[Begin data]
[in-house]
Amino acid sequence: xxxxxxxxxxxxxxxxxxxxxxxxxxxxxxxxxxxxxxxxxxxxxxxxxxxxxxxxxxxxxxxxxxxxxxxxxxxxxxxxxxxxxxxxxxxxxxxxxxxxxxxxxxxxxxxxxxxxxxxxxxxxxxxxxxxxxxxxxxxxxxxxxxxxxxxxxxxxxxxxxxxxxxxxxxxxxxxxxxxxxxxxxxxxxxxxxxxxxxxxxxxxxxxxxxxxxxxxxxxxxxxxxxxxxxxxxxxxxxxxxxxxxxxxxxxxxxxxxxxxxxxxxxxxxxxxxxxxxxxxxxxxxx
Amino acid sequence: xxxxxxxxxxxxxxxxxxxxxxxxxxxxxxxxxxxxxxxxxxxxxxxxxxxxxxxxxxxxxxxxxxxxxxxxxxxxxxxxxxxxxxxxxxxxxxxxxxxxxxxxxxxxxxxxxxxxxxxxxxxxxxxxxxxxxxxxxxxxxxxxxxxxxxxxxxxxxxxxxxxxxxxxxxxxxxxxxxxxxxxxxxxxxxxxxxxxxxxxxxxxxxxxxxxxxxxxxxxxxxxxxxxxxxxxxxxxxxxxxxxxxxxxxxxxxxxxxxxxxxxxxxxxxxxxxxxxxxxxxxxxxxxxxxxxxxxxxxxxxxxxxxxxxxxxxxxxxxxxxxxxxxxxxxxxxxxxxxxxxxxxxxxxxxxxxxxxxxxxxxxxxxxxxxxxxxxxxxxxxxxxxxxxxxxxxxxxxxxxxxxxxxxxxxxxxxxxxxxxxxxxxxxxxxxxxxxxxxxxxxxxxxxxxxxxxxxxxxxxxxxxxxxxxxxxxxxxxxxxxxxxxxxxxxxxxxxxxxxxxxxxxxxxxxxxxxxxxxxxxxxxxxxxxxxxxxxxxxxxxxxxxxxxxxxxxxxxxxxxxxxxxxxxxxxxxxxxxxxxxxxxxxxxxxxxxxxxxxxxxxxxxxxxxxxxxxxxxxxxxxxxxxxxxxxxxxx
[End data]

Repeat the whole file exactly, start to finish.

[in-house]
Amino acid sequence: xxxxxxxxxxxxxxxxxxxxxxxxxxxxxxxxxxxxxxxxxxxxxxxxxxxxxxxxxxxxxxxxxxxxxxxxxxxxxxxxxxxxxxxxxxxxxxxxxxxxxxxxxxxxxxxxxxxxxxxxxxxxxxxxxxxxxxxxxxxxxxxxxxxxxxxxxxxxxxxxxxxxxxxxxxxxxxxxxxxxxxxxxxxxxxxxxxxxxxxxxxxxxxxxxxxxxxxxxxxxxxxxxxxxxxxxxxxxxxxxxxxxxxxxxxxxxxxxxxxxxxxxxxxxxxxxxxxxxxxxxxxxxx
Amino acid sequence: xxxxxxxxxxxxxxxxxxxxxxxxxxxxxxxxxxxxxxxxxxxxxxxxxxxxxxxxxxxxxxxxxxxxxxxxxxxxxxxxxxxxxxxxxxxxxxxxxxxxxxxxxxxxxxxxxxxxxxxxxxxxxxxxxxxxxxxxxxxxxxxxxxxxxxxxxxxxxxxxxxxxxxxxxxxxxxxxxxxxxxxxxxxxxxxxxxxxxxxxxxxxxxxxxxxxxxxxxxxxxxxxxxxxxxxxxxxxxxxxxxxxxxxxxxxxxxxxxxxxxxxxxxxxxxxxxxxxxxxxxxxxxxxxxxxxxxxxxxxxxxxxxxxxxxxxxxxxxxxxxxxxxxxxxxxxxxxxxxxxxxxxxxxxxxxxxxxxxxxxxxxxxxxxxxxxxxxxxxxxxxxxxxxxxxxxxxxxxxxxxxxxxxxxxxxxxxxxxxxxxxxxxxxxxxxxxxxxxxxxxxxxxxxxxxxxxxxxxxxxxxxxxxxxxxxxxxxxxxxxxxxxxxxxxxxxxxxxxxxxxxxxxxxxxxxxxxxxxxxxxxxxxxxxxxxxxxxxxxxxxxxxxxxxxxxxxxxxxxxxxxxxxxxxxxxxxxxxxxxxxxxxxxxxxxxxxxxxxxxxxxxxxxxxxxxxxxxxxxxxxxxxxxxxxxxxxxx